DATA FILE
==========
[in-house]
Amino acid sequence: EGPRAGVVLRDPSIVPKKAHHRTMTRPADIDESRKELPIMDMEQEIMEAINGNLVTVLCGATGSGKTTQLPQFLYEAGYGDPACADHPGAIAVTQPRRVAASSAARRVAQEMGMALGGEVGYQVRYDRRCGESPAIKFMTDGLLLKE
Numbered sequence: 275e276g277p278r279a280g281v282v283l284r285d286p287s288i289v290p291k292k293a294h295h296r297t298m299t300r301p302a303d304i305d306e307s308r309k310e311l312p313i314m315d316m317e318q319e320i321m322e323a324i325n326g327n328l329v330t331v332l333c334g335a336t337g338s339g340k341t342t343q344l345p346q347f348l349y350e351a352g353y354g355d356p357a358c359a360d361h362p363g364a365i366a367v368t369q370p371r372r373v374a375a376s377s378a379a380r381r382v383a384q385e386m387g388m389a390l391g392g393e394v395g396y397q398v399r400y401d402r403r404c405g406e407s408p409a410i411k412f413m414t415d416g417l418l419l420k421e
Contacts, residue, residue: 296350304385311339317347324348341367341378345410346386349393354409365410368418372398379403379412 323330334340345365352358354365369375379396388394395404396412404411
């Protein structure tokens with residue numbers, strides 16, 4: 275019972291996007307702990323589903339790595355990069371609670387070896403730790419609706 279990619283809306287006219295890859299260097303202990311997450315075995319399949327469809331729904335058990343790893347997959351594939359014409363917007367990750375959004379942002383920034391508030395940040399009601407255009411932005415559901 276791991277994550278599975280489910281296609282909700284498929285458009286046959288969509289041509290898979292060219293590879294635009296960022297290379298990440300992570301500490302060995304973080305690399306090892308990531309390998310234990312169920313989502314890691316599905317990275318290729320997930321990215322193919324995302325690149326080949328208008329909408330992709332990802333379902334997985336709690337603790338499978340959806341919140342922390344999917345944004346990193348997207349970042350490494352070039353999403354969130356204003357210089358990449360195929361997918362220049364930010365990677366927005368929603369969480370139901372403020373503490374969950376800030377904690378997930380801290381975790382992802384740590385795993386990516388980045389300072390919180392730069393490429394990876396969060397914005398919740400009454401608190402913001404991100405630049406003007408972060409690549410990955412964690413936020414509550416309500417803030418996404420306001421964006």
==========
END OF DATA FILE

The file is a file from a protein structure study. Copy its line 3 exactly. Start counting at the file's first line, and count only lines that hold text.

Numbered sequence: 275e276g277p278r279a280g281v282v283l284r285d286p287s288i289v290p291k292k293a294h295h296r297t298m299t300r301p302a303d304i305d306e307s308r309k310e311l312p313i314m315d316m317e318q319e320i321m322e323a324i325n326g327n328l329v330t331v332l333c334g335a336t337g338s339g340k341t342t343q344l345p346q347f348l349y350e351a352g353y354g355d356p357a358c359a360d361h362p363g364a365i366a367v368t369q370p371r372r373v374a375a376s377s378a379a380r381r382v383a384q385e386m387g388m389a390l391g392g393e394v395g396y397q398v399r400y401d402r403r404c405g406e407s408p409a410i411k412f413m414t415d416g417l418l419l420k421e